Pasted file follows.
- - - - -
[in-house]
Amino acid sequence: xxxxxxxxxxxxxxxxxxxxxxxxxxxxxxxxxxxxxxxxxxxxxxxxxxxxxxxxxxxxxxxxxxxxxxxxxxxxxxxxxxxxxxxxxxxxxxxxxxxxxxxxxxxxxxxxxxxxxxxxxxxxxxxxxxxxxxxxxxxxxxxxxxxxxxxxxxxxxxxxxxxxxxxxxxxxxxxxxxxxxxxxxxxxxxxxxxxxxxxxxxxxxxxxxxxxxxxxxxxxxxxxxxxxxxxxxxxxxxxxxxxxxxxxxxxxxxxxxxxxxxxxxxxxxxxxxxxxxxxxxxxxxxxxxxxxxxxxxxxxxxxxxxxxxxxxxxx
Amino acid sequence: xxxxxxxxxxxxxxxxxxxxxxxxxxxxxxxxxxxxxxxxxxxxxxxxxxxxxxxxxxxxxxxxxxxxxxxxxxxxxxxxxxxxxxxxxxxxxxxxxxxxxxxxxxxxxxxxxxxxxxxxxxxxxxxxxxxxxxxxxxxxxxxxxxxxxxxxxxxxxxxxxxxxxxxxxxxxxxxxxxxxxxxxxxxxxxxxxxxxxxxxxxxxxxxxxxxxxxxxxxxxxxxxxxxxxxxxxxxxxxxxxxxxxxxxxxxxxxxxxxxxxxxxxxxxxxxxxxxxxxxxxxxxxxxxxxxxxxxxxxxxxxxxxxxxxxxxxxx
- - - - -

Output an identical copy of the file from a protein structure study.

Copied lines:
[in-house]
Amino acid sequence: xxxxxxxxxxxxxxxxxxxxxxxxxxxxxxxxxxxxxxxxxxxxxxxxxxxxxxxxxxxxxxxxxxxxxxxxxxxxxxxxxxxxxxxxxxxxxxxxxxxxxxxxxxxxxxxxxxxxxxxxxxxxxxxxxxxxxxxxxxxxxxxxxxxxxxxxxxxxxxxxxxxxxxxxxxxxxxxxxxxxxxxxxxxxxxxxxxxxxxxxxxxxxxxxxxxxxxxxxxxxxxxxxxxxxxxxxxxxxxxxxxxxxxxxxxxxxxxxxxxxxxxxxxxxxxxxxxxxxxxxxxxxxxxxxxxxxxxxxxxxxxxxxxxxxxxxxxx
Amino acid sequence: xxxxxxxxxxxxxxxxxxxxxxxxxxxxxxxxxxxxxxxxxxxxxxxxxxxxxxxxxxxxxxxxxxxxxxxxxxxxxxxxxxxxxxxxxxxxxxxxxxxxxxxxxxxxxxxxxxxxxxxxxxxxxxxxxxxxxxxxxxxxxxxxxxxxxxxxxxxxxxxxxxxxxxxxxxxxxxxxxxxxxxxxxxxxxxxxxxxxxxxxxxxxxxxxxxxxxxxxxxxxxxxxxxxxxxxxxxxxxxxxxxxxxxxxxxxxxxxxxxxxxxxxxxxxxxxxxxxxxxxxxxxxxxxxxxxxxxxxxxxxxxxxxxxxxxxxxxx